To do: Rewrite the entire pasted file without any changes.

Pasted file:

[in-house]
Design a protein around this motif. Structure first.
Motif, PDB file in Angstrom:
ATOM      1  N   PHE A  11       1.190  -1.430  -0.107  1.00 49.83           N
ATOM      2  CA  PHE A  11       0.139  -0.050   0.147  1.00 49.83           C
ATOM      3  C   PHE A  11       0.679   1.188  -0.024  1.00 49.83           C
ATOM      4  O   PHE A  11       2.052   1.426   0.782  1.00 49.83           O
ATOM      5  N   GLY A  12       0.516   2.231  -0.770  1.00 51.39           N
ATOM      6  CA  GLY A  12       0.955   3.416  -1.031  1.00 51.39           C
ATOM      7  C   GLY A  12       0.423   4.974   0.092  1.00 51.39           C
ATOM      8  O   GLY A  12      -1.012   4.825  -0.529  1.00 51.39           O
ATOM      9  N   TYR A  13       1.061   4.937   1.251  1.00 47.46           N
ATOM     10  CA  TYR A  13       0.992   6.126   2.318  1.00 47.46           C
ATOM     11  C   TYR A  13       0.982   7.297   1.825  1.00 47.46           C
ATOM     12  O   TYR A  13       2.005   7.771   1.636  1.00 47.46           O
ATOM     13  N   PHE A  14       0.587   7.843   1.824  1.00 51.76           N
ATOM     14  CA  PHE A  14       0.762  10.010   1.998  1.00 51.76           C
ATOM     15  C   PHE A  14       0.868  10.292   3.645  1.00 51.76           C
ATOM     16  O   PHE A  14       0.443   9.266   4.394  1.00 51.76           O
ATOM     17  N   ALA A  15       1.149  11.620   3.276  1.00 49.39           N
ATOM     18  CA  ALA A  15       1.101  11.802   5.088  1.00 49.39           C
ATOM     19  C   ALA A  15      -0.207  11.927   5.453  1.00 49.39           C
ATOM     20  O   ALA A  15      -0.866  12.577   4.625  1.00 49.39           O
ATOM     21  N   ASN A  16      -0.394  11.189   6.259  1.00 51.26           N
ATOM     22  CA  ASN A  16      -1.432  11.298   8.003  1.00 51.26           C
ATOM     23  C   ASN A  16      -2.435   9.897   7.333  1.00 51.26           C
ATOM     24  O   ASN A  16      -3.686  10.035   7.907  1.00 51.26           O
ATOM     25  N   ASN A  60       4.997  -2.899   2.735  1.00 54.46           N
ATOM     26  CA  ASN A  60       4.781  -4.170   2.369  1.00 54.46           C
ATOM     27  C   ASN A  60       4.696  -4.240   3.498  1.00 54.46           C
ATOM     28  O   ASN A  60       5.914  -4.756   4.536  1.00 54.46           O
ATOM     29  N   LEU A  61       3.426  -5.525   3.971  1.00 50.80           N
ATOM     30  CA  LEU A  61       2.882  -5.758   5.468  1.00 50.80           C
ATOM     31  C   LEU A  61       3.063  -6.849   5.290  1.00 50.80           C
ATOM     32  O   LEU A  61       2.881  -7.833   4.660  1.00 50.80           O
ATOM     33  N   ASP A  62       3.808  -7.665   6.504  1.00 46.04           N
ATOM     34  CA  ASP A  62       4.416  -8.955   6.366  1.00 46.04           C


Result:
[in-house]
Design a protein around this motif. Structure first.
Motif, PDB file in Angstrom:
ATOM      1  N   PHE A  11       1.190  -1.430  -0.107  1.00 49.83           N
ATOM      2  CA  PHE A  11       0.139  -0.050   0.147  1.00 49.83           C
ATOM      3  C   PHE A  11       0.679   1.188  -0.024  1.00 49.83           C
ATOM      4  O   PHE A  11       2.052   1.426   0.782  1.00 49.83           O
ATOM      5  N   GLY A  12       0.516   2.231  -0.770  1.00 51.39           N
ATOM      6  CA  GLY A  12       0.955   3.416  -1.031  1.00 51.39           C
ATOM      7  C   GLY A  12       0.423   4.974   0.092  1.00 51.39           C
ATOM      8  O   GLY A  12      -1.012   4.825  -0.529  1.00 51.39           O
ATOM      9  N   TYR A  13       1.061   4.937   1.251  1.00 47.46           N
ATOM     10  CA  TYR A  13       0.992   6.126   2.318  1.00 47.46           C
ATOM     11  C   TYR A  13       0.982   7.297   1.825  1.00 47.46           C
ATOM     12  O   TYR A  13       2.005   7.771   1.636  1.00 47.46           O
ATOM     13  N   PHE A  14       0.587   7.843   1.824  1.00 51.76           N
ATOM     14  CA  PHE A  14       0.762  10.010   1.998  1.00 51.76           C
ATOM     15  C   PHE A  14       0.868  10.292   3.645  1.00 51.76           C
ATOM     16  O   PHE A  14       0.443   9.266   4.394  1.00 51.76           O
ATOM     17  N   ALA A  15       1.149  11.620   3.276  1.00 49.39           N
ATOM     18  CA  ALA A  15       1.101  11.802   5.088  1.00 49.39           C
ATOM     19  C   ALA A  15      -0.207  11.927   5.453  1.00 49.39           C
ATOM     20  O   ALA A  15      -0.866  12.577   4.625  1.00 49.39           O
ATOM     21  N   ASN A  16      -0.394  11.189   6.259  1.00 51.26           N
ATOM     22  CA  ASN A  16      -1.432  11.298   8.003  1.00 51.26           C
ATOM     23  C   ASN A  16      -2.435   9.897   7.333  1.00 51.26           C
ATOM     24  O   ASN A  16      -3.686  10.035   7.907  1.00 51.26           O
ATOM     25  N   ASN A  60       4.997  -2.899   2.735  1.00 54.46           N
ATOM     26  CA  ASN A  60       4.781  -4.170   2.369  1.00 54.46           C
ATOM     27  C   ASN A  60       4.696  -4.240   3.498  1.00 54.46           C
ATOM     28  O   ASN A  60       5.914  -4.756   4.536  1.00 54.46           O
ATOM     29  N   LEU A  61       3.426  -5.525   3.971  1.00 50.80           N
ATOM     30  CA  LEU A  61       2.882  -5.758   5.468  1.00 50.80           C
ATOM     31  C   LEU A  61       3.063  -6.849   5.290  1.00 50.80           C
ATOM     32  O   LEU A  61       2.881  -7.833   4.660  1.00 50.80           O
ATOM     33  N   ASP A  62       3.808  -7.665   6.504  1.00 46.04           N
ATOM     34  CA  ASP A  62       4.416  -8.955   6.366  1.00 46.04           C